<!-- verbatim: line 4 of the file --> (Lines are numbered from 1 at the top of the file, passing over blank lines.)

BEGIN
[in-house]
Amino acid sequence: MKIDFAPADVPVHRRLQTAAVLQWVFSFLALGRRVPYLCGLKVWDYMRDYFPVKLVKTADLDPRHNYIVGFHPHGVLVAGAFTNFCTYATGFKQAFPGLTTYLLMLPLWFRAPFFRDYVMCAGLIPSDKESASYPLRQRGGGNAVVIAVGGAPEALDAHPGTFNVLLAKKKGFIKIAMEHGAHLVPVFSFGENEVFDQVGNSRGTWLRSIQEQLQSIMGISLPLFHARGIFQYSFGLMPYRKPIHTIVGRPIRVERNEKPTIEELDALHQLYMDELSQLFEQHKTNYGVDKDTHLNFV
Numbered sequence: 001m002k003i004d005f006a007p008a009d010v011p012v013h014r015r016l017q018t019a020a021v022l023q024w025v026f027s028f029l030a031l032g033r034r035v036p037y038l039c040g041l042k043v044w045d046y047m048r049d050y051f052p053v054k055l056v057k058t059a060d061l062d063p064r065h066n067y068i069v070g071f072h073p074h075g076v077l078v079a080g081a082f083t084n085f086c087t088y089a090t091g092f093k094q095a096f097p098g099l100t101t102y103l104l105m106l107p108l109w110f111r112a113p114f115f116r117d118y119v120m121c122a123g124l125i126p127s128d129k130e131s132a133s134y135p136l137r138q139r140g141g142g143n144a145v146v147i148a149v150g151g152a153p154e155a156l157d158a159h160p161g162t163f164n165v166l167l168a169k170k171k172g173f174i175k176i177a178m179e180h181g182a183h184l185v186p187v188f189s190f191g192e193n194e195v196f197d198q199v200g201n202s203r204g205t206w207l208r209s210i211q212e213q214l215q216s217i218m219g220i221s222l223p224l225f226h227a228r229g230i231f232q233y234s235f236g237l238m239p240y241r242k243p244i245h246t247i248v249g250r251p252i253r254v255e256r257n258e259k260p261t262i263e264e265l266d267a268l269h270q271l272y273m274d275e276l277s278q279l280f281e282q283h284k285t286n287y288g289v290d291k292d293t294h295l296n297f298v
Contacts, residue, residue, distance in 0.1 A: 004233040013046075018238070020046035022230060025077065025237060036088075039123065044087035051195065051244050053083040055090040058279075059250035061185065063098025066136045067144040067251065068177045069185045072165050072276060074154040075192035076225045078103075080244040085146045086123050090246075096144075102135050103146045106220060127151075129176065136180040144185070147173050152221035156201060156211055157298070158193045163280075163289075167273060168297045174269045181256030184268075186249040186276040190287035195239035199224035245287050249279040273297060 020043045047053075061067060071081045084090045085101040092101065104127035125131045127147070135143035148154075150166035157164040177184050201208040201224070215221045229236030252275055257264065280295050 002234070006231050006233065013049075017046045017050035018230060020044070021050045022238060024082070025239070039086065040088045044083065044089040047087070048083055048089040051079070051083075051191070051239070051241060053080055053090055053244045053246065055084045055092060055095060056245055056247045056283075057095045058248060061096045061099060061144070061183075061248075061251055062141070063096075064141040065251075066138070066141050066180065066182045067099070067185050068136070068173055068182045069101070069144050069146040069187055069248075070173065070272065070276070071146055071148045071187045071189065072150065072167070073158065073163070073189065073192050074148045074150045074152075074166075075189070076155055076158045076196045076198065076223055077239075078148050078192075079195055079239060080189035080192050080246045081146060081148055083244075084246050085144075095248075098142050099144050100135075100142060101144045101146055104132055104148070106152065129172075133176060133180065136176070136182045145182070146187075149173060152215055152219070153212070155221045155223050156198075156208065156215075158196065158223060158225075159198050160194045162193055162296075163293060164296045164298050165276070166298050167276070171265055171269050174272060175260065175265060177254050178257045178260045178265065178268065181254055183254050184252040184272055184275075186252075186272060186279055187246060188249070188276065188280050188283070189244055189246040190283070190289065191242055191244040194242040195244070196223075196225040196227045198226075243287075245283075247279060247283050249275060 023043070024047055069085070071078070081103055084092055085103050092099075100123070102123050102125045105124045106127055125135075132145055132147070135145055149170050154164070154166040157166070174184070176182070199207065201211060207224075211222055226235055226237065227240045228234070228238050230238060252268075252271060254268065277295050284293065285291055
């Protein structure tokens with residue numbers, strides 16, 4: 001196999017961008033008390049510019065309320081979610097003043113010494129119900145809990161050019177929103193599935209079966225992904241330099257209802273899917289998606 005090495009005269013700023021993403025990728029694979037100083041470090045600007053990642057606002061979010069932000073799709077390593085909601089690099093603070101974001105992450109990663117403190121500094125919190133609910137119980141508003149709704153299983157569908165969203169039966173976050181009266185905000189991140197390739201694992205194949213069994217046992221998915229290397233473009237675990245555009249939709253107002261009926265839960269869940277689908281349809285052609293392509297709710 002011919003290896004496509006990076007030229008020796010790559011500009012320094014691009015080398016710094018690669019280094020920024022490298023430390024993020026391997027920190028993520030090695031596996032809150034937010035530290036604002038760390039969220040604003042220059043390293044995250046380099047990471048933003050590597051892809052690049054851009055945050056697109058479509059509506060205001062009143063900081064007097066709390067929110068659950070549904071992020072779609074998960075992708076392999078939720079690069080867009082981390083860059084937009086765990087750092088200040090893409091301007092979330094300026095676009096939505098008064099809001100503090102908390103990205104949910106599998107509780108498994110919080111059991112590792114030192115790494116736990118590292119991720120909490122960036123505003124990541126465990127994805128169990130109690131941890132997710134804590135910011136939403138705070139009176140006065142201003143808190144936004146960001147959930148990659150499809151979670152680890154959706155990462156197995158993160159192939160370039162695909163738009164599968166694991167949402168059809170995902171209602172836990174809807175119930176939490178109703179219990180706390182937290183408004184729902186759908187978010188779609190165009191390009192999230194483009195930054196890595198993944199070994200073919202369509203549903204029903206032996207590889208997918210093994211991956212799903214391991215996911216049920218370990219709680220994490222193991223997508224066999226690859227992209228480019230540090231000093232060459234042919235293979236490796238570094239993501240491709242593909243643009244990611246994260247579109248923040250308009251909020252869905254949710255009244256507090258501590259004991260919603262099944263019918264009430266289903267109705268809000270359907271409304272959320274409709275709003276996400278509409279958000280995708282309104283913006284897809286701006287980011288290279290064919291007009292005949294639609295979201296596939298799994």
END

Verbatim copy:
Contacts, residue, residue, distance in 0.1 A: 004233040013046075018238070020046035022230060025077065025237060036088075039123065044087035051195065051244050053083040055090040058279075059250035061185065063098025066136045067144040067251065068177045069185045072165050072276060074154040075192035076225045078103075080244040085146045086123050090246075096144075102135050103146045106220060127151075129176065136180040144185070147173050152221035156201060156211055157298070158193045163280075163289075167273060168297045174269045181256030184268075186249040186276040190287035195239035199224035245287050249279040273297060 020043045047053075061067060071081045084090045085101040092101065104127035125131045127147070135143035148154075150166035157164040177184050201208040201224070215221045229236030252275055257264065280295050 002234070006231050006233065013049075017046045017050035018230060020044070021050045022238060024082070025239070039086065040088045044083065044089040047087070048083055048089040051079070051083075051191070051239070051241060053080055053090055053244045053246065055084045055092060055095060056245055056247045056283075057095045058248060061096045061099060061144070061183075061248075061251055062141070063096075064141040065251075066138070066141050066180065066182045067099070067185050068136070068173055068182045069101070069144050069146040069187055069248075070173065070272065070276070071146055071148045071187045071189065072150065072167070073158065073163070073189065073192050074148045074150045074152075074166075075189070076155055076158045076196045076198065076223055077239075078148050078192075079195055079239060080189035080192050080246045081146060081148055083244075084246050085144075095248075098142050099144050100135075100142060101144045101146055104132055104148070106152065129172075133176060133180065136176070136182045145182070146187075149173060152215055152219070153212070155221045155223050156198075156208065156215075158196065158223060158225075159198050160194045162193055162296075163293060164296045164298050165276070166298050167276070171265055171269050174272060175260065175265060177254050178257045178260045178265065178268065181254055183254050184252040184272055184275075186252075186272060186279055187246060188249070188276065188280050188283070189244055189246040190283070190289065191242055191244040194242040195244070196223075196225040196227045198226075243287075245283075247279060247283050249275060 023043070024047055069085070071078070081103055084092055085103050092099075100123070102123050102125045105124045106127055125135075132145055132147070135145055149170050154164070154166040157166070174184070176182070199207065201211060207224075211222055226235055226237065227240045228234070228238050230238060252268075252271060254268065277295050284293065285291055